Definitions for ocellusoʊˈsɛl əs; oʊˈsɛl aɪ
This page provides all possible meanings and translations of the word ocellus
Random House Webster's College Dictionary
o•cel•lusoʊˈsɛl əs; oʊˈsɛl aɪ(n.)(pl.)o•cel•li
the simple eye of many invertebrates, consisting of retinal cells, pigments, and nerve fibers.
an eyelike spot, as on a peacock feather.
Origin of ocellus:
1810–20; < L: little eye, dim. of oculuseye ; see -elle
oc•el•lat•edˈɒs əˌleɪ tɪd, oʊˈsɛl eɪ tɪd; ˈɒs əˌleɪt, oʊˈsɛl ɪt, -eɪt(adj.)
simple eye, stemma, ocellus(noun)
an eye having a single lens
an eyelike marking (as on the wings of some butterflies); usually a spot of color inside a ring of another color
A simple eye consisting of a single lens and a small number of sensory cells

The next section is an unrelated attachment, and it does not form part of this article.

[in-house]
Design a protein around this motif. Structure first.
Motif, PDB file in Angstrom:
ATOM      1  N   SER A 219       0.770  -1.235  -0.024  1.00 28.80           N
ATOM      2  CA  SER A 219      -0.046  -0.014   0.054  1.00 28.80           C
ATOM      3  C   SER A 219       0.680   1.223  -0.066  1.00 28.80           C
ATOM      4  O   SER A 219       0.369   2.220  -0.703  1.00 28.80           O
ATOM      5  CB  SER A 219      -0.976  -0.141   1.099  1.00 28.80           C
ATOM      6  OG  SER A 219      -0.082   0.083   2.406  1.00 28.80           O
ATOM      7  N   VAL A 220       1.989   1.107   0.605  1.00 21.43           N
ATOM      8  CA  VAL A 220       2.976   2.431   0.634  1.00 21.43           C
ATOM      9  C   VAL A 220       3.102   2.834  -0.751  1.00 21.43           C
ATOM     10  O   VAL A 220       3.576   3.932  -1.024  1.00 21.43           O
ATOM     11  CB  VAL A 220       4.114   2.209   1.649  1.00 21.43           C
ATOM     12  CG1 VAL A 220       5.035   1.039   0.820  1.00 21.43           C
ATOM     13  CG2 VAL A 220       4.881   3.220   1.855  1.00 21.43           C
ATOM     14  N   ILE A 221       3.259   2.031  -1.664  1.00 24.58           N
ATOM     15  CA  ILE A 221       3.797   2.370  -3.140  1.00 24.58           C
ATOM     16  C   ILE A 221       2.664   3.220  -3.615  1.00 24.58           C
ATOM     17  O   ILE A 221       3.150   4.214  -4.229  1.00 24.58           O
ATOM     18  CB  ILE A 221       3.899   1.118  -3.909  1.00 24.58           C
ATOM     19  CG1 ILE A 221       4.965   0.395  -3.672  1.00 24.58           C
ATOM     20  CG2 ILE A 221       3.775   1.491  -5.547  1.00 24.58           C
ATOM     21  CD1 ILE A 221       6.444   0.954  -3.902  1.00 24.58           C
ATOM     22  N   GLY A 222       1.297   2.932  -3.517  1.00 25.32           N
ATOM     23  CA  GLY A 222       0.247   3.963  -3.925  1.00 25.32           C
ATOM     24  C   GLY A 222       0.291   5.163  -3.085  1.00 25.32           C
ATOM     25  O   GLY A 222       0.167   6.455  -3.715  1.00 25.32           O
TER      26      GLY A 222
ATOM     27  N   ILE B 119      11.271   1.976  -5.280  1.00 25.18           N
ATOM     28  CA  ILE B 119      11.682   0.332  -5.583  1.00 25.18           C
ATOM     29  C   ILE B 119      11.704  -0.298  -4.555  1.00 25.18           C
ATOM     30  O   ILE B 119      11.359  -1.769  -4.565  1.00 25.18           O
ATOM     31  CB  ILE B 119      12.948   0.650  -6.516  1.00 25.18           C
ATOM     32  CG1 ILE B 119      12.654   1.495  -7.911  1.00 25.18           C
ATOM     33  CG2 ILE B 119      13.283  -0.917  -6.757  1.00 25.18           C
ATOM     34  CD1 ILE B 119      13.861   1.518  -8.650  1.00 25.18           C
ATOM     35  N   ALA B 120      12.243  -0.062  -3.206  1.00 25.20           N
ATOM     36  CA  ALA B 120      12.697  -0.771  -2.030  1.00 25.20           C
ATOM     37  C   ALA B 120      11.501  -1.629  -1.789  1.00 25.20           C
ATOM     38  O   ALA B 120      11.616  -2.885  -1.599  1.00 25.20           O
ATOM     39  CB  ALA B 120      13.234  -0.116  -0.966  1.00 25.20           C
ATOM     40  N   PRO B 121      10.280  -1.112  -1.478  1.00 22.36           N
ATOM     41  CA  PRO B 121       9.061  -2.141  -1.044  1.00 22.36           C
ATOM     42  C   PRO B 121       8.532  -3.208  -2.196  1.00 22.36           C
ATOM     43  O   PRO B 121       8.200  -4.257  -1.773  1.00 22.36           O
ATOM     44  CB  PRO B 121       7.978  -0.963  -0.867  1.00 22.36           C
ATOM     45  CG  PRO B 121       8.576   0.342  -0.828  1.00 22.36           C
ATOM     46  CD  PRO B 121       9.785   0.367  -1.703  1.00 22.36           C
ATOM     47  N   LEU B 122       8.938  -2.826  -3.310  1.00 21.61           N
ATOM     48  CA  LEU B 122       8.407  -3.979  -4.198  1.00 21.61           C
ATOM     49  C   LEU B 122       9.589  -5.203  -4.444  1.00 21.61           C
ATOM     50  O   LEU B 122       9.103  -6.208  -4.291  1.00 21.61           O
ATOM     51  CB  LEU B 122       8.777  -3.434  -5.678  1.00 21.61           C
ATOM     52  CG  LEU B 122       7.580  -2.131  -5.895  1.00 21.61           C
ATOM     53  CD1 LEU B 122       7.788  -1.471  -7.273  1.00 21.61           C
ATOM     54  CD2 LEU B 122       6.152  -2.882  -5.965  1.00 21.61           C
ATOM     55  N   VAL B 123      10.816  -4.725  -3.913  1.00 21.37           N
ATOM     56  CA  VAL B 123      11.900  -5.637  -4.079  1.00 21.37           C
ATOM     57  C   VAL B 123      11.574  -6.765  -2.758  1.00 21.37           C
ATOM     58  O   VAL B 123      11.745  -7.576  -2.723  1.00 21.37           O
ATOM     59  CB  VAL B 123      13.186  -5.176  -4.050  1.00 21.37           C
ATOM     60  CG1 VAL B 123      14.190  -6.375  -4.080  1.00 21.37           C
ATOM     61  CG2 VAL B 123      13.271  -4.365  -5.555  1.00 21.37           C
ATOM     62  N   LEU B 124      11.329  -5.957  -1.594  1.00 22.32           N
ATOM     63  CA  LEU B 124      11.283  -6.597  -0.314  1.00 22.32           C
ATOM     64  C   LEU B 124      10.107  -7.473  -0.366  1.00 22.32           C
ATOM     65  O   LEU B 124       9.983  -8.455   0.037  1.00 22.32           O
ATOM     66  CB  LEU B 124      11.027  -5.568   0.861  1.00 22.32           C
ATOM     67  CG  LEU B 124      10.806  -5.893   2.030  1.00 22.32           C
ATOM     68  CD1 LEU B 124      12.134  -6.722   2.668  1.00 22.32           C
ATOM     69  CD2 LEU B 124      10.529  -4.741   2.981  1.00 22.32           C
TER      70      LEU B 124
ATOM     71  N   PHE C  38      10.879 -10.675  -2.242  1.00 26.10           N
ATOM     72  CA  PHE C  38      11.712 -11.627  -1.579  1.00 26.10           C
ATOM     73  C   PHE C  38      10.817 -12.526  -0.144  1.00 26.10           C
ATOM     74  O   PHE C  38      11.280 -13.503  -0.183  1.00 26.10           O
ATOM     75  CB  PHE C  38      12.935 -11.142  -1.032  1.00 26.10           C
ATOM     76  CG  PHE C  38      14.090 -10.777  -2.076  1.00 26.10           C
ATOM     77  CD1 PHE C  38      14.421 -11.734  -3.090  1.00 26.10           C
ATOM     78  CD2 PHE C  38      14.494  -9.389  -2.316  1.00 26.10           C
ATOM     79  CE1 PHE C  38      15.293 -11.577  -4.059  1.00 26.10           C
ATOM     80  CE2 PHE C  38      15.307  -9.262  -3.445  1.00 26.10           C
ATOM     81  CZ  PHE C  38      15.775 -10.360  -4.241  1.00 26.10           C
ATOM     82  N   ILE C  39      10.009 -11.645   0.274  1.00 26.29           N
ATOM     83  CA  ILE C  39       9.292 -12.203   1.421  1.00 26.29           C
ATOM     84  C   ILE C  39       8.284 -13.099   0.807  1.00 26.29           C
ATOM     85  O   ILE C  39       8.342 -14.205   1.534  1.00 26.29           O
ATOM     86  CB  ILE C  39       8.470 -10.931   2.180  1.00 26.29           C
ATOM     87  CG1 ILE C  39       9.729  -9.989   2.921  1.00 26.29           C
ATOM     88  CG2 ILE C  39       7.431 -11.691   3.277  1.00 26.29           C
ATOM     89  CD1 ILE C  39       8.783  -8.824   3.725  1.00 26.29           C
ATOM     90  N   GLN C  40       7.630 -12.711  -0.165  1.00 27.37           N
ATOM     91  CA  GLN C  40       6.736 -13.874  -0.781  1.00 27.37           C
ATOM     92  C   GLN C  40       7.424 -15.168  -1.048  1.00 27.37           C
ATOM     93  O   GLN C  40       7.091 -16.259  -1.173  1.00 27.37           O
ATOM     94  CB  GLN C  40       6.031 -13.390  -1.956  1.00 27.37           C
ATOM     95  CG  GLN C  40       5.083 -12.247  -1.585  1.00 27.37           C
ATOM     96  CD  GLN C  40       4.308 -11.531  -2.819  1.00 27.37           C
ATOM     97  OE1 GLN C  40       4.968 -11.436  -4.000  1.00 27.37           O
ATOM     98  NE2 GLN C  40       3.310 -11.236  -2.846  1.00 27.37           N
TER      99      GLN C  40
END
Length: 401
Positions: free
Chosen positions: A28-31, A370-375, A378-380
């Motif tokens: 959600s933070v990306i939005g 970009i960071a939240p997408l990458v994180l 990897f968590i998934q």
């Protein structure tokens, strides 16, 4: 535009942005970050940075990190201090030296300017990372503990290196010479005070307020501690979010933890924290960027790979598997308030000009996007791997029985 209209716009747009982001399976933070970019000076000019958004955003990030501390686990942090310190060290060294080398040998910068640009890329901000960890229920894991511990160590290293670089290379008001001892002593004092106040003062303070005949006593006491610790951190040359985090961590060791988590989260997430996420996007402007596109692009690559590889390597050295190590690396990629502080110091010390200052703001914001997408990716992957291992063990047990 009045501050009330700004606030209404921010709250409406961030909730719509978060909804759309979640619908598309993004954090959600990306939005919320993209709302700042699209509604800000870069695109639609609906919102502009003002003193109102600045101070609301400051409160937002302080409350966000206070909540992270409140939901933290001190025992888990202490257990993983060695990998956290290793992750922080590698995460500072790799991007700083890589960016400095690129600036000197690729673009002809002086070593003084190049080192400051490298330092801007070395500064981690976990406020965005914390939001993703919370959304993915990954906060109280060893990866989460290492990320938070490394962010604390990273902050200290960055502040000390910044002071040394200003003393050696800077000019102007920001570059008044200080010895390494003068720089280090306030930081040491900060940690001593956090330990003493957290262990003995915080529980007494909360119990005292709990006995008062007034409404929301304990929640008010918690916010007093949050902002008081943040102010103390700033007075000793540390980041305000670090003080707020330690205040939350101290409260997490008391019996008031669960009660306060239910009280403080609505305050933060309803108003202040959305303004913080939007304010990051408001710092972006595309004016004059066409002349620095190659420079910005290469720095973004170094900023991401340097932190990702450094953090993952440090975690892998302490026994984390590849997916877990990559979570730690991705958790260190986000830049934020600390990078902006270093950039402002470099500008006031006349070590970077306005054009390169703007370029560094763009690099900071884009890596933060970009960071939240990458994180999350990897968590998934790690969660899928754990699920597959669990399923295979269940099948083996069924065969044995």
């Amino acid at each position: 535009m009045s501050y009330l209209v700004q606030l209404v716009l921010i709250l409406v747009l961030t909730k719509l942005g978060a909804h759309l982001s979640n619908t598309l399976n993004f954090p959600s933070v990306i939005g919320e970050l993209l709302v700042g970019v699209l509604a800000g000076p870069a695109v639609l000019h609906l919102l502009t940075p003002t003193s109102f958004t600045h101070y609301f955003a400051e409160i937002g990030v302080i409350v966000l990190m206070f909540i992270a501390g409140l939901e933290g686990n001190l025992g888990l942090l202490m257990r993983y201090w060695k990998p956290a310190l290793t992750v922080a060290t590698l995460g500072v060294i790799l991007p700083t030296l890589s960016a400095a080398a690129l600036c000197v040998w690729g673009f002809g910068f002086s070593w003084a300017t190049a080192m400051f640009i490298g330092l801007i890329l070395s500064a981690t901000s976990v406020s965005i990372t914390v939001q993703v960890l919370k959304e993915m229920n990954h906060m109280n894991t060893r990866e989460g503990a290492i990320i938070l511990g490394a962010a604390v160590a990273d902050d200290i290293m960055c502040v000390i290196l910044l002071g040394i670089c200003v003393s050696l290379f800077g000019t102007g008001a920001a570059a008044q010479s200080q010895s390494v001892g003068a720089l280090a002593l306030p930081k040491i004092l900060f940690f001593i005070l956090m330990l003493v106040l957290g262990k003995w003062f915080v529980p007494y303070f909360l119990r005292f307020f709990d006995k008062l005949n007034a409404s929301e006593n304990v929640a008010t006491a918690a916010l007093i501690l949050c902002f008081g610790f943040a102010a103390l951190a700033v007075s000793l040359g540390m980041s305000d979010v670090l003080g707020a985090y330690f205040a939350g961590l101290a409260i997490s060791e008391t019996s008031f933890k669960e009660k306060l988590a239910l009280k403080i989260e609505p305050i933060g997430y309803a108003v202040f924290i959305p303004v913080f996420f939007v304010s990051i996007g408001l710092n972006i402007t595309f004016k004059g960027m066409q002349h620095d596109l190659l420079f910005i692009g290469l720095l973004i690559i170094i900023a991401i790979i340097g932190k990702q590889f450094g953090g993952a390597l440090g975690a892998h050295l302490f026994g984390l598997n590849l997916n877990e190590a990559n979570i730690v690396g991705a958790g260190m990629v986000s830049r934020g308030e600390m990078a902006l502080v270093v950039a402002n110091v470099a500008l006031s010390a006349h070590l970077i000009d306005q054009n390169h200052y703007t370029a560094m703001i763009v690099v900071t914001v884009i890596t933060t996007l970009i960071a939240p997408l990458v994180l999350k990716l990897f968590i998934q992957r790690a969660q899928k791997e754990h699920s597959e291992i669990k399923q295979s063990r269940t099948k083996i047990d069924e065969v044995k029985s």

An eyelike marking in the form of a spot or ring of colour, as on the wing of a butterfly or the tail of a peacock
Simple eye in invertebrates
A simple eye refers to a type of eye form or optical arrangement that contains a single lens. A "simple eye" is so called in distinction from a multi-lensed "compound eye", and is not necessarily at all simple in the usual sense of the word. The eyes of humans and large animals, and camera lenses are classed as "simple" because in both cases a single lens collects and focuses light onto the retina or film. Many insects have compound eyes consisting of multiple lenses, each focusing light onto a small number of retinula cells. The structure of an animal's eye is determined by the environment in which it lives, and the behavioural tasks it must fulfill to survive. Arthropods differ widely in the habitats in which they live, as well as their visual requirements for finding food or conspecifics, and avoiding predators. Consequently, an enormous variety of eye designs are found in arthropods: nature has repeatedly developed novel solutions to overcome visual problems or limitations.
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